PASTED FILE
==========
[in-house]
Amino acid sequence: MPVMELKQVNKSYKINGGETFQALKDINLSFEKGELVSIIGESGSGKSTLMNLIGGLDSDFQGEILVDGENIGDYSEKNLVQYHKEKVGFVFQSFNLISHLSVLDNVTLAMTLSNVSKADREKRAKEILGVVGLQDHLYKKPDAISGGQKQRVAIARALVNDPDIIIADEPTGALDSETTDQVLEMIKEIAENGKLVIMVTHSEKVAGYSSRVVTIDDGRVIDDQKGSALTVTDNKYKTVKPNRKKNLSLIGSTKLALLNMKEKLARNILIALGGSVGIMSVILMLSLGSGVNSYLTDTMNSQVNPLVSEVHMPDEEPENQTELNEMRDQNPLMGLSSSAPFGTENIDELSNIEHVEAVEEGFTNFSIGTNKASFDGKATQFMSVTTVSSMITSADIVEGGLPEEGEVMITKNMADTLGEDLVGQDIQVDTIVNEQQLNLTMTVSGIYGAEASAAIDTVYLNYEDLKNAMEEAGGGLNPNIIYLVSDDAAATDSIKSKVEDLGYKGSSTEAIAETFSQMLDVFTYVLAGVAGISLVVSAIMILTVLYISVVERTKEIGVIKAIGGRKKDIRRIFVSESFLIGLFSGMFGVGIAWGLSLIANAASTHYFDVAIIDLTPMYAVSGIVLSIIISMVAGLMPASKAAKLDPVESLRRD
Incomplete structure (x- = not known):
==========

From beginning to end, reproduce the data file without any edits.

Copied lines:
[in-house]
Amino acid sequence: MPVMELKQVNKSYKINGGETFQALKDINLSFEKGELVSIIGESGSGKSTLMNLIGGLDSDFQGEILVDGENIGDYSEKNLVQYHKEKVGFVFQSFNLISHLSVLDNVTLAMTLSNVSKADREKRAKEILGVVGLQDHLYKKPDAISGGQKQRVAIARALVNDPDIIIADEPTGALDSETTDQVLEMIKEIAENGKLVIMVTHSEKVAGYSSRVVTIDDGRVIDDQKGSALTVTDNKYKTVKPNRKKNLSLIGSTKLALLNMKEKLARNILIALGGSVGIMSVILMLSLGSGVNSYLTDTMNSQVNPLVSEVHMPDEEPENQTELNEMRDQNPLMGLSSSAPFGTENIDELSNIEHVEAVEEGFTNFSIGTNKASFDGKATQFMSVTTVSSMITSADIVEGGLPEEGEVMITKNMADTLGEDLVGQDIQVDTIVNEQQLNLTMTVSGIYGAEASAAIDTVYLNYEDLKNAMEEAGGGLNPNIIYLVSDDAAATDSIKSKVEDLGYKGSSTEAIAETFSQMLDVFTYVLAGVAGISLVVSAIMILTVLYISVVERTKEIGVIKAIGGRKKDIRRIFVSESFLIGLFSGMFGVGIAWGLSLIANAASTHYFDVAIIDLTPMYAVSGIVLSIIISMVAGLMPASKAAKLDPVESLRRD
Incomplete structure (x- = not known):